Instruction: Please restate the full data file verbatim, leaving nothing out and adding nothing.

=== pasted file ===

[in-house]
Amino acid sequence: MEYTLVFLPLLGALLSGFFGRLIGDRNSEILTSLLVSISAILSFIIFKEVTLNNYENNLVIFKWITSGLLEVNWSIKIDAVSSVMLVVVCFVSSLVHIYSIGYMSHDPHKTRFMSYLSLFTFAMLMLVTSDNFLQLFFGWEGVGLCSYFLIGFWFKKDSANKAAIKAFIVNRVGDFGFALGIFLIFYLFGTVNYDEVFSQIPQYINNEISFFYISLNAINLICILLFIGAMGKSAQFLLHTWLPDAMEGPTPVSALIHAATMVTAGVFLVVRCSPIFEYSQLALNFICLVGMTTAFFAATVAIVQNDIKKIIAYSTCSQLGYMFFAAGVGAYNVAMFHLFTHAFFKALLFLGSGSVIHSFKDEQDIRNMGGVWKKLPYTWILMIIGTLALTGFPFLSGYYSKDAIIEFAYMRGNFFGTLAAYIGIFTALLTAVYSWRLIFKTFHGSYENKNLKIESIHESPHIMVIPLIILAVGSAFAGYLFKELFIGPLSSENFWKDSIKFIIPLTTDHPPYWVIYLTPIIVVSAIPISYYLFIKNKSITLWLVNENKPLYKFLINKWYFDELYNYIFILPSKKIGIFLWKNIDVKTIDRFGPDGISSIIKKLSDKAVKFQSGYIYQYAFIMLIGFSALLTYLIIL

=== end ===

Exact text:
[in-house]
Amino acid sequence: MEYTLVFLPLLGALLSGFFGRLIGDRNSEILTSLLVSISAILSFIIFKEVTLNNYENNLVIFKWITSGLLEVNWSIKIDAVSSVMLVVVCFVSSLVHIYSIGYMSHDPHKTRFMSYLSLFTFAMLMLVTSDNFLQLFFGWEGVGLCSYFLIGFWFKKDSANKAAIKAFIVNRVGDFGFALGIFLIFYLFGTVNYDEVFSQIPQYINNEISFFYISLNAINLICILLFIGAMGKSAQFLLHTWLPDAMEGPTPVSALIHAATMVTAGVFLVVRCSPIFEYSQLALNFICLVGMTTAFFAATVAIVQNDIKKIIAYSTCSQLGYMFFAAGVGAYNVAMFHLFTHAFFKALLFLGSGSVIHSFKDEQDIRNMGGVWKKLPYTWILMIIGTLALTGFPFLSGYYSKDAIIEFAYMRGNFFGTLAAYIGIFTALLTAVYSWRLIFKTFHGSYENKNLKIESIHESPHIMVIPLIILAVGSAFAGYLFKELFIGPLSSENFWKDSIKFIIPLTTDHPPYWVIYLTPIIVVSAIPISYYLFIKNKSITLWLVNENKPLYKFLINKWYFDELYNYIFILPSKKIGIFLWKNIDVKTIDRFGPDGISSIIKKLSDKAVKFQSGYIYQYAFIMLIGFSALLTYLIIL